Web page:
Suspended in a strangely modern-day version of limbo, the young man at the center of Russell Banks's uncompromising and morally complex new novel must create a life for himself in the wake of incarceration. Known in his new identity only as the Kid, and on probation after doing time for a liaison with an underage girl, he is shackled to a GPS monitoring device and forbidden to live within 2,500 feet of anywhere children might gather. With nowhere else to go, the Kid takes up residence under a south Florida causeway, in a makeshift encampment with other convicted sex offenders.

Barely beyond childhood himself, the Kid, despite his crime, is in many ways an innocent, trapped by impulses and foolish choices he himself struggles to comprehend. Enter the Professor, a man who has built his own life on secrets and lies. A university sociologist of enormous size and intellect, he finds in the Kid the perfect subject for his research on homelessness and recidivism among convicted sex offenders. The two men forge a tentative partnership, the Kid remaining wary of the Professor's motives even as he accepts the counsel and financial assistance of the older man.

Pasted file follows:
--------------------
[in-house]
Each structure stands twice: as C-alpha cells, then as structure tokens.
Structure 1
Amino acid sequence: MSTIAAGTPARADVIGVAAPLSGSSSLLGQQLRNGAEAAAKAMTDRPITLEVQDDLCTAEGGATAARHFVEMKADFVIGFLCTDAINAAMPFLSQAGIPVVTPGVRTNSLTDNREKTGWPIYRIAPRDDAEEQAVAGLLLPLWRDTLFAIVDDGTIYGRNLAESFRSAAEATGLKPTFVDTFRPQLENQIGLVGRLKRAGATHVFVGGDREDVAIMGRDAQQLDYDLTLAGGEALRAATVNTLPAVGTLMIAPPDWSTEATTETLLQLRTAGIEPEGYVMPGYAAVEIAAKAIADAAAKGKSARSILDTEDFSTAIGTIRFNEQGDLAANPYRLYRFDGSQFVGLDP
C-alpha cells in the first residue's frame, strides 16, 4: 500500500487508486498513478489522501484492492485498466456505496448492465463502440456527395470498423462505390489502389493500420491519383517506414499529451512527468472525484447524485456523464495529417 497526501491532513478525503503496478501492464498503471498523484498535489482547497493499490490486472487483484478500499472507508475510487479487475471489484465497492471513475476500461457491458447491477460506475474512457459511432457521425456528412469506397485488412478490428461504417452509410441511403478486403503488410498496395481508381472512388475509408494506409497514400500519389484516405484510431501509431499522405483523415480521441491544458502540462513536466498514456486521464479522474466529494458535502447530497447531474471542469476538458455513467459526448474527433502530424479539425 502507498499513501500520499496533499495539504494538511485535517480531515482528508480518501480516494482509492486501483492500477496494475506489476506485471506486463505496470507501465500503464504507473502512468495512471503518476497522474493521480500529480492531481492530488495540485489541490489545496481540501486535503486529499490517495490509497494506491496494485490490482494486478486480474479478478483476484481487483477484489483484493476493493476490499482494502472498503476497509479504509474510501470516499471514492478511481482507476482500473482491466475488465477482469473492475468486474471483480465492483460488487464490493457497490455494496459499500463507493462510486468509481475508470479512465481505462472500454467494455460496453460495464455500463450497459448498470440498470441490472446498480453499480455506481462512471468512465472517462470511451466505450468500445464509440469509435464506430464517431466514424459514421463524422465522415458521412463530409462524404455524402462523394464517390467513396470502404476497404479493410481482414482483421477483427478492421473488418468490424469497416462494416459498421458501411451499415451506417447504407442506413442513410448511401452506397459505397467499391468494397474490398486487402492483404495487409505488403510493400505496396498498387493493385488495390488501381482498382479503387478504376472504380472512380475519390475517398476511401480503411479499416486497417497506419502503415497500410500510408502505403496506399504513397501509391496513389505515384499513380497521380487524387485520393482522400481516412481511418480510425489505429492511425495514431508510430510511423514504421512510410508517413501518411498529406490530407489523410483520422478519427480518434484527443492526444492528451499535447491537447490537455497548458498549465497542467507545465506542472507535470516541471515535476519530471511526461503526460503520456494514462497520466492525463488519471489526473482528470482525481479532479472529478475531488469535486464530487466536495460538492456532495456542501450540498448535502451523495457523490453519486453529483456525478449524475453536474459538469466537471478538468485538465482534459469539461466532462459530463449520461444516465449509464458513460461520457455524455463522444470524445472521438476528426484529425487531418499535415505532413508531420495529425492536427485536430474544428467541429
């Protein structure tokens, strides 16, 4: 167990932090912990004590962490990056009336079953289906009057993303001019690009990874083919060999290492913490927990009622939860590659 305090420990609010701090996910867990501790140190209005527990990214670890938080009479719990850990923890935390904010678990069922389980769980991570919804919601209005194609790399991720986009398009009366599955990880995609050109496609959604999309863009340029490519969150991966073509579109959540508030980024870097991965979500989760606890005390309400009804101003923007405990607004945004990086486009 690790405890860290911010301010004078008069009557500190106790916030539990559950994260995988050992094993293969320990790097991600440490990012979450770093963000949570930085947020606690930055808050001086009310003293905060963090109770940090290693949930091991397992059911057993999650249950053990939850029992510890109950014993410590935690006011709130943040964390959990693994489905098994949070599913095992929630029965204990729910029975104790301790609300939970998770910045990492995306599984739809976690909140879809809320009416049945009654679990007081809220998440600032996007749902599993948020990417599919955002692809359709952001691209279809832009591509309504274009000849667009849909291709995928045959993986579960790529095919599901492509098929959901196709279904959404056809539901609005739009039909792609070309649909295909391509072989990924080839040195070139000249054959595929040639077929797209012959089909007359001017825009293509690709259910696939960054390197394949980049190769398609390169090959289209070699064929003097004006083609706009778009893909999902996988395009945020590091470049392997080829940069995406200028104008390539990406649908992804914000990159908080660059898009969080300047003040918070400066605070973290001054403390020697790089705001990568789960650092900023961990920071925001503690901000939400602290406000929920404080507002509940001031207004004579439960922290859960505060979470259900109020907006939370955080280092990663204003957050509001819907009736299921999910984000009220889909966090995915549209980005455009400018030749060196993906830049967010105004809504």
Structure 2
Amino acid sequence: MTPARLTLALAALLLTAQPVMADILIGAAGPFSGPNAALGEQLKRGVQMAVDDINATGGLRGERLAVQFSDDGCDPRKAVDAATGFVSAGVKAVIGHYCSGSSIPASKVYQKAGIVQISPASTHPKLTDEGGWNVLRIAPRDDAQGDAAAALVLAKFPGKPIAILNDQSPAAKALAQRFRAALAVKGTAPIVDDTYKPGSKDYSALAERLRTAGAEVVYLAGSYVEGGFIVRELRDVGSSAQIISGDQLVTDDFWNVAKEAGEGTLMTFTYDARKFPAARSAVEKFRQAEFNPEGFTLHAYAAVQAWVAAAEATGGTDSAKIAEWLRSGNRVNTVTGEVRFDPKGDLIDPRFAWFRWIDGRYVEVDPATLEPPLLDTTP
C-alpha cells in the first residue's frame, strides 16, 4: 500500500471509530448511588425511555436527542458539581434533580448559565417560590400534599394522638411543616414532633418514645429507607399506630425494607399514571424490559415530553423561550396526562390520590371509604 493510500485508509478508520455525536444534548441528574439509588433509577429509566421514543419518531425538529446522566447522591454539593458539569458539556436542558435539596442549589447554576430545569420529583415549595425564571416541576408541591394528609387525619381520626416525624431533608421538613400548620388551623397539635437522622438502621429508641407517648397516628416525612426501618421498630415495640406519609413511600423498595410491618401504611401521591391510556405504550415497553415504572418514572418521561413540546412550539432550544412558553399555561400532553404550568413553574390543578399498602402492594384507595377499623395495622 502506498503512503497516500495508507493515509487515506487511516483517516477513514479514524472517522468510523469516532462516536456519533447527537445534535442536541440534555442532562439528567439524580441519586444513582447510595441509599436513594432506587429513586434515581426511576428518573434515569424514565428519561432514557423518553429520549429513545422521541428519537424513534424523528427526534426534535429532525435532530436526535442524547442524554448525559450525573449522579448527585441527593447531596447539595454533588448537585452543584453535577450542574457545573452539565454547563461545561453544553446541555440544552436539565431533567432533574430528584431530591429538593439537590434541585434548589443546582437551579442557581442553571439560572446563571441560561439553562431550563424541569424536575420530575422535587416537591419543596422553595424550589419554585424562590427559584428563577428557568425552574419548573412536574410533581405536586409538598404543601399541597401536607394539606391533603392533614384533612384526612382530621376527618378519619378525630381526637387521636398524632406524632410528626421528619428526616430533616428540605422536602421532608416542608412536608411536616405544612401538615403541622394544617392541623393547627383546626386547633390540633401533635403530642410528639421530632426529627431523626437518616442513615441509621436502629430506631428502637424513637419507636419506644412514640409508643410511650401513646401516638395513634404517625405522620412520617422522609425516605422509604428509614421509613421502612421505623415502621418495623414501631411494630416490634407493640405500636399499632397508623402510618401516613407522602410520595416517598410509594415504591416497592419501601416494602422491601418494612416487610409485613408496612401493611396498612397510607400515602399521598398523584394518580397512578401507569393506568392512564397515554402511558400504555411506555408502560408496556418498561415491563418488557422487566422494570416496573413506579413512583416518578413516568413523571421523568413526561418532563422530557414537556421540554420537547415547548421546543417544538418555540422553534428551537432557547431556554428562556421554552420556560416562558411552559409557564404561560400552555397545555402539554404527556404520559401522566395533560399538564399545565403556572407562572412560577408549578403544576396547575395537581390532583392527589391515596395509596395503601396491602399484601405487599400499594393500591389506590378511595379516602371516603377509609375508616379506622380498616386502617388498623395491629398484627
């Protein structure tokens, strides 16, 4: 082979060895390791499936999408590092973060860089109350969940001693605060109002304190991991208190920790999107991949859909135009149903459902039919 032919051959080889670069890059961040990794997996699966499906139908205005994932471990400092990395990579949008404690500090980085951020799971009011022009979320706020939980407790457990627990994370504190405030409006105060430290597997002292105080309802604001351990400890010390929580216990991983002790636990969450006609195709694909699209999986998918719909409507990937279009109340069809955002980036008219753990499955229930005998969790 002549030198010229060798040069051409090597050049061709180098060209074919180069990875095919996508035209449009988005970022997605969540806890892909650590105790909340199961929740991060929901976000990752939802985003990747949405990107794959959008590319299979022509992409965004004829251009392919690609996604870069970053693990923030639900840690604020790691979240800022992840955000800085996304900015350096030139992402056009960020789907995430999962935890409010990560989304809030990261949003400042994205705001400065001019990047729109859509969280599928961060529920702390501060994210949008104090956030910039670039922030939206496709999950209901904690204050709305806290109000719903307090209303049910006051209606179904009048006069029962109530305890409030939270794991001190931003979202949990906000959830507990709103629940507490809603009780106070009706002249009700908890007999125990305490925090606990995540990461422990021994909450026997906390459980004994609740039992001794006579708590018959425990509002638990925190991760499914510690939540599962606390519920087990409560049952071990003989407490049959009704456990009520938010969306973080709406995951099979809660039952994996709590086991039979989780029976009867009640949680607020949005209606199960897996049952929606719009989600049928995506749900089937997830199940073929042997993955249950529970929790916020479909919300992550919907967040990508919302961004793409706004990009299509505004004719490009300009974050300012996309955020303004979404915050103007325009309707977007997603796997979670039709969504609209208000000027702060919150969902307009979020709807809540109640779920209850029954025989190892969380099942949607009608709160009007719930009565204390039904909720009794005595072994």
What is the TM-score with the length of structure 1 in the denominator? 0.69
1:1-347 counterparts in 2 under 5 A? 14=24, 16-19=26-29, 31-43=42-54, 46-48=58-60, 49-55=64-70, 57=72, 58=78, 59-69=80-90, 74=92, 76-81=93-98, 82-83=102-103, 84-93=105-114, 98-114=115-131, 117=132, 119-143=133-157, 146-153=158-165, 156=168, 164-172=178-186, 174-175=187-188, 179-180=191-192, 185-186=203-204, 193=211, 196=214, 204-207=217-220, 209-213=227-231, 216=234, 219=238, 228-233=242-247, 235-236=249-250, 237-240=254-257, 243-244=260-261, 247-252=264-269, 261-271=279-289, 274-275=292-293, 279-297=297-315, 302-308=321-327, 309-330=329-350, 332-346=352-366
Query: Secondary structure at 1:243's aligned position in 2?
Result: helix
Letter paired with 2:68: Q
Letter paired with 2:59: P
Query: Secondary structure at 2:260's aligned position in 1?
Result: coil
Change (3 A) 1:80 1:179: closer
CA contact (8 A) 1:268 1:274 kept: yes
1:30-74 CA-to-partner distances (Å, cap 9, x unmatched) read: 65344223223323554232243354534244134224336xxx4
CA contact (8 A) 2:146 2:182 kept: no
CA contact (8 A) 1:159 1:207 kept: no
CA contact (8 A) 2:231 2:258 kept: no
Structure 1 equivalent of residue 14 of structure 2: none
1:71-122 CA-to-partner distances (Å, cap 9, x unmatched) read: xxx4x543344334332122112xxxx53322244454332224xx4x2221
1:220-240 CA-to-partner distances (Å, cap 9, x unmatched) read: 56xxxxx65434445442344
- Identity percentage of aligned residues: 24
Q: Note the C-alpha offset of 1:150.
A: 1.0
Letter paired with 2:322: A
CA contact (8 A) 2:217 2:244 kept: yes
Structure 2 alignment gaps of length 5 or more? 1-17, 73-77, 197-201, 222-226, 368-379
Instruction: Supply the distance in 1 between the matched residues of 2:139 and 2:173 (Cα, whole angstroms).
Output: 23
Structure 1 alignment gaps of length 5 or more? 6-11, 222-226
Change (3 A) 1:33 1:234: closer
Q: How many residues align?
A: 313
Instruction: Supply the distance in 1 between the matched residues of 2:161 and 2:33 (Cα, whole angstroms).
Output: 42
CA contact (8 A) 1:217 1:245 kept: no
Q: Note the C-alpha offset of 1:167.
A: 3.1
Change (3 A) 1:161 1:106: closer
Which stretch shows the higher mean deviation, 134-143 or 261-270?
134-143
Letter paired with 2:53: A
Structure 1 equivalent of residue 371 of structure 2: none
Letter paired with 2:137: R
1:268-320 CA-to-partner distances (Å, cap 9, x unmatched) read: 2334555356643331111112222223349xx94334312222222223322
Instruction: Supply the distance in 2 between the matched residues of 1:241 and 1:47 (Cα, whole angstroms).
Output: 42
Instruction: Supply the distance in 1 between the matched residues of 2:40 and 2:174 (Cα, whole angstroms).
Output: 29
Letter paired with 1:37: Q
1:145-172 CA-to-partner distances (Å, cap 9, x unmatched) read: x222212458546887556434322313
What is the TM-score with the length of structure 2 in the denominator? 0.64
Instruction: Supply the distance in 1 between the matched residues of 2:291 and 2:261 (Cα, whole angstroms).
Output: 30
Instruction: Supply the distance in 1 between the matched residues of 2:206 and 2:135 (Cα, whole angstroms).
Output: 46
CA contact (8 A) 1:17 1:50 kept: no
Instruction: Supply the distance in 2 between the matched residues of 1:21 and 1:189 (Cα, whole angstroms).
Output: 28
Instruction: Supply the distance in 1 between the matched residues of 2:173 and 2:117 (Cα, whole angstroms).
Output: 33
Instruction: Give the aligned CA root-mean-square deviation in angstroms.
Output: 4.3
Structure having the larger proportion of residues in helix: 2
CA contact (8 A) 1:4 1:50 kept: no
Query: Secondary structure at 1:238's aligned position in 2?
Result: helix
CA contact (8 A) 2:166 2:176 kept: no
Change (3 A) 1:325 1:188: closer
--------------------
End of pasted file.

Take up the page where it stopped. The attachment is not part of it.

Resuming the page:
When the camp beneath the causeway is raided by the police, and later, when a hurricane all but destroys the settlement, the Professor tries to help the Kid in practical matters while trying to teach his young charge new ways of looking at, and understanding, what he has done. But when the Professor's past resurfaces and threatens to destroy his carefully constructed world, the balance in the two men's relationship shifts.

Suddenly, the Kid must reconsider everything he has come to believe, and choose what course of action to take when faced with a new kind of moral decision.